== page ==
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adequate bandwidth. this could hinder officers attempting to fingerprint aliens or accessing a law-enforcement and adequate data bases. in addition, longstanding mission overlap and an adequate information-sharing between agencies at the northern border has sometimes led to duplication of efforts and concerns over officer safety. the department conferred with the 5-8 recommendations and has implemented actions for our findings. dhs has taken actions to close at three recommendations with which it did not concur. we expect the final recommendation to close next month. u.s. visit is designed to analyze a foreign nationals by by a metric data and provide accurate information to border officials to prevent entries of
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fraudulent and dangerous individuals. however, we found hundreds of thousands of instances where the same fingerprint was recorded in u.s. visits database, with sometimes as many as 14 different names and dates of birth. the vast majority of this faulty data is attributable to data entry errors. however, u.s. visit officials were unable to quantify how many of those inconsistencies came from -- those purposely preventing -- presenting fraudulent information at the border. individuals with derogatory information, such as criminal aliens, supplied different by graphic information to officers in an attempt to enter the united states. these individuals were not fled to in the database. u.s. visit concurred with our recommendations to improve procedures to target, identify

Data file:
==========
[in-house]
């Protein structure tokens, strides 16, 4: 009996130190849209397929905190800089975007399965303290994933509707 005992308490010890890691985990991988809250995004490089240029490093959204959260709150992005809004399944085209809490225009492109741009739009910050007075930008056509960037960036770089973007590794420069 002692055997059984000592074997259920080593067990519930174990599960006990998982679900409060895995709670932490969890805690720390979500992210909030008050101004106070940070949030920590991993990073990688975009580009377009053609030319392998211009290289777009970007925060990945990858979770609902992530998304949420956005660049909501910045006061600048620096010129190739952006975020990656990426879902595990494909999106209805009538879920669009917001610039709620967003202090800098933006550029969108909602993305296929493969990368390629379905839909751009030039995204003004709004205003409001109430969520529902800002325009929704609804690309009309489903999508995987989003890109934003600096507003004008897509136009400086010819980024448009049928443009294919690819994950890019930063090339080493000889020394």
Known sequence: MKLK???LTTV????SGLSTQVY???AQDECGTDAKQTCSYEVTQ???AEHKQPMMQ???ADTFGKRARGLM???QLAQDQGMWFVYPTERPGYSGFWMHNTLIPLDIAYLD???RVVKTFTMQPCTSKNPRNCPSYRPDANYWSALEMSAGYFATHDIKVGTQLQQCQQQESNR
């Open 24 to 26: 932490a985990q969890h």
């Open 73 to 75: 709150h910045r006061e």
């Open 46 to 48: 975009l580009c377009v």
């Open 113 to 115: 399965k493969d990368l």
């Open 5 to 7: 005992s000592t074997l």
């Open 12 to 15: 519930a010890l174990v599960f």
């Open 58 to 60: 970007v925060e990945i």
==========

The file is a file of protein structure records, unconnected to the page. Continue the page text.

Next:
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fraud. another pillar and the fight against terrorism is tsa secure flight program. to this program, they assume commercial operators the matching of passenger names against the watch list. the information matches closely enough against the watch list record, the tsa analyst must complete a manual review of the passenger's record. unless the matter is resolved, a boarding pass cannot be printed until the passenger provides identification to the aircraft operator and the tsa. the tsa may require the passenger to undergo additional screening or deny that person excess beyond the security area altogether. this has resulted in more consistent watchlist matching processes. however, the results are sometimes disrupted by dhs and air operator system outages.